A ruling handed down by the Texas Education Agency last week has brought the dispute over Alvarado's Indian mascot closer to home. The letter, written by Equal Education Opportunity Unit Director Tomas Villarreal, states that while the TEA has no authority over school mascots, the agency can intervene if local school officials don't hold hearings on such issues. "According to the agency's general counsel, you have the right to petition for redress of your grievances by addressing your concern directly to the local board of trustees," the letter reads. "If the board of trustees refuses to hear your concern and you can acquire documentation to that effect, you may present this complaint to the Texas Education Agency and/or request a hearing on this matter before the commissioner of education."

Alvarado ISD Supt. Ben Colwell said he considers the issue closed. "As far as I'm concerned, this issue was closed a long time ago," he said. "I don't expect that the district is really going to be very receptive to changing it."

Mike Wicks, co-director of American Indian Cultural Support, said he wants to discuss the matter further with Colwell. "I would really like to get into more conversations with Ben and make him understand what we're really after," he said. "It's not a fight." Wicks said that, as an educator, Colwell should be receptive to ideas that would better the learning environment in Alvarado. "Belittling anyone is teaching the wrong thing to the kids in the school," he said. "I think educators should be willing to listen to that and do what's right for the kids."

Little Black Crow, the Johnson County teen-ager who first complained about the mascot, said the issue is not closed. She plans to appeal her cause directly to the AISD board of trustees, though she said she's unsure of when she'll appear at a meeting. "I'm a little disappointed [with the TEA ruling]," she said. "I'm sure I'll find a way to make this all work out."

TEA spokesman Joey Lozano said Tuesday that the agency can't intervene in the mascot selection no matter what. "This is an issue where we have no authority over school mascots," he said. "Anyone who has a grievance against a school board has a right to be heard and can petition us for a redress of those grievances."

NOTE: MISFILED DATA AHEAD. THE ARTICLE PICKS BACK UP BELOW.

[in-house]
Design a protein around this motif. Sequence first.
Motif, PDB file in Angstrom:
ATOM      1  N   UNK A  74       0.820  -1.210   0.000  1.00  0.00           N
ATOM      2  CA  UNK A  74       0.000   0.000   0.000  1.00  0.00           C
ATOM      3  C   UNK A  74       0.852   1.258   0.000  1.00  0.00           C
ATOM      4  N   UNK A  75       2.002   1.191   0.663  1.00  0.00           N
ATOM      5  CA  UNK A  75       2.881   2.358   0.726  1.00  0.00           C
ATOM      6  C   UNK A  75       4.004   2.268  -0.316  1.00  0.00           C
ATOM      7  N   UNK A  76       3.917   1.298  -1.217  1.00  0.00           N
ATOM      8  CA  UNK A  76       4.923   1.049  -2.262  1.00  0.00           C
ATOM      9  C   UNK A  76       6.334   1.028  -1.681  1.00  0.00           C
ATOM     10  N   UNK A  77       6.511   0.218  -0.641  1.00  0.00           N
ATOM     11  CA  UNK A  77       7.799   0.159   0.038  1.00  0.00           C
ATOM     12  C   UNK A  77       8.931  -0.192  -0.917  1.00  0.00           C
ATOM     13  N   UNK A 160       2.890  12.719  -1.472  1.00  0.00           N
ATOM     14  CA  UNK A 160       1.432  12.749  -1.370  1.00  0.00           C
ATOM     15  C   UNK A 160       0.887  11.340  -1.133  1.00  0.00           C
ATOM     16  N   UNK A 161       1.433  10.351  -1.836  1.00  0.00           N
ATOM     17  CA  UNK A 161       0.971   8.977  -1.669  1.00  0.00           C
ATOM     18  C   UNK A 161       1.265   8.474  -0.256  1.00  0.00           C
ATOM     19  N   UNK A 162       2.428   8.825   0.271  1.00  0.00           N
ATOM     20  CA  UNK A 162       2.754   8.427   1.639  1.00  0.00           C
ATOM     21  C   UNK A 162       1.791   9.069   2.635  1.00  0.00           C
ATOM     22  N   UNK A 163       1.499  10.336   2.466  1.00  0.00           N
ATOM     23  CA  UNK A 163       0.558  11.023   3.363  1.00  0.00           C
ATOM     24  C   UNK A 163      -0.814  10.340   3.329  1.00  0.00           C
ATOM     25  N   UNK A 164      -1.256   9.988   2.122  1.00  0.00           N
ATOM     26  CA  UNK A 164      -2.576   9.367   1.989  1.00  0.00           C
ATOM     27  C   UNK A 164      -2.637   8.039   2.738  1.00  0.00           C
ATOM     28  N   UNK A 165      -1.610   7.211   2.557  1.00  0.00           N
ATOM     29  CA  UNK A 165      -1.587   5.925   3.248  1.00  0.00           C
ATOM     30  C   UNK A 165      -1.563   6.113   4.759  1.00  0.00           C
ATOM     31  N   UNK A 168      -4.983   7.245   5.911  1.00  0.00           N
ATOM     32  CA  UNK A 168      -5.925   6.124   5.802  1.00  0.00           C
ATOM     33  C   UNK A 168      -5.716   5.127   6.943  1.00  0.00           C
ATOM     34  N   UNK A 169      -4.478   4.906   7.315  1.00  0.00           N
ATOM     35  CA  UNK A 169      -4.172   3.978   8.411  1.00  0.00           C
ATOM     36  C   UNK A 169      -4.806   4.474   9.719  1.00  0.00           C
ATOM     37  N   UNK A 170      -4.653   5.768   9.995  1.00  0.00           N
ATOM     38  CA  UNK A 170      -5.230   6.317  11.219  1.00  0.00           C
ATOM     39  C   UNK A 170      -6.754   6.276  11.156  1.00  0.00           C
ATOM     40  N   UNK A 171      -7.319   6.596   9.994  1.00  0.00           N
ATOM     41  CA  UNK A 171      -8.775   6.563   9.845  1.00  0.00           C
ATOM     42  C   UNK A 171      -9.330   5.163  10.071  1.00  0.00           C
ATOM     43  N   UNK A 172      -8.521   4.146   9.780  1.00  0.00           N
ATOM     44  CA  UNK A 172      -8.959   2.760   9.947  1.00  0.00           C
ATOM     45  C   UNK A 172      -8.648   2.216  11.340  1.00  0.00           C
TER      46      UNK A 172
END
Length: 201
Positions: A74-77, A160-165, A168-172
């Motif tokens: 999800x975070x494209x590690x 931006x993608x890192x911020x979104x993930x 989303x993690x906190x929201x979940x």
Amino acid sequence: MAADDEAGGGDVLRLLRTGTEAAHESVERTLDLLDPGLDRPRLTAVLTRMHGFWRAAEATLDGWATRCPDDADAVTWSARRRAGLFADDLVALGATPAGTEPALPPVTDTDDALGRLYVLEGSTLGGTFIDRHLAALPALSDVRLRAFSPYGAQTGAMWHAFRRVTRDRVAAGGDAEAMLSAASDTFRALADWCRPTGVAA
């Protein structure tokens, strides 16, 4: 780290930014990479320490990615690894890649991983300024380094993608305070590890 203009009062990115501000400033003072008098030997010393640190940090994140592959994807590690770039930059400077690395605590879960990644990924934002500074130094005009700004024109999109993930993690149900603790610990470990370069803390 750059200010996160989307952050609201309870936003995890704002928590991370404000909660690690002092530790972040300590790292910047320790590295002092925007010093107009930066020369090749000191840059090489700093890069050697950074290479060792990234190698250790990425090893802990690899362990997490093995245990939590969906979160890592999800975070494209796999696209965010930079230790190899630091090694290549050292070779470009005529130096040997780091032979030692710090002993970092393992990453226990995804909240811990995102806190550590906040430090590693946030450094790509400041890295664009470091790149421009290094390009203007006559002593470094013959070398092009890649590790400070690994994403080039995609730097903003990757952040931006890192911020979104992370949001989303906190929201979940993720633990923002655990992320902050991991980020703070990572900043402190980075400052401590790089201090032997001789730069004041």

The controversy has surfaced in Alvarado in the middle of a national debate over the use of Native Americans as mascots, a war in which the Natives won a small victory Friday. A review board at the U.S. Patent and Trademark Office ruled Friday that the Washington Redskins football team has no right to trademark the franchise nickname because of its offensive nature, the Washington Post reported Saturday. The decision, passed on a complaint filed by a Native American group in 1992, prohibits the team from trademarking seven Redskin logos, including the team name and helmet logo. The loss of the trademarks is expected to cost the franchise millions of dollars in merchandise sales each year. "It's not a done deal yet," Wicks said. "All they really did was pull the copyright. I would suspect that they are going to change the name, though."

In Alvarado, Colwell maintained that he sees the mascot as complimentary to Native Americans. "You can't please everybody all of the time," he said. ------------------------------ All Images and stories are property of The Star Group and/or AwE, and may not be used without permission.


Washington woman will address trustees on mascot issue

Star-Bulletin Managing Editor

A controversy over the Alvarado ISD's use of the Indian as its mascot that began last month should come to a head at Tuesday's school board meeting.

Storm Reyes, a Pullyap woman from Tacoma, Wash., will be at the meeting to address the AISD Board of Trustees about the mascot.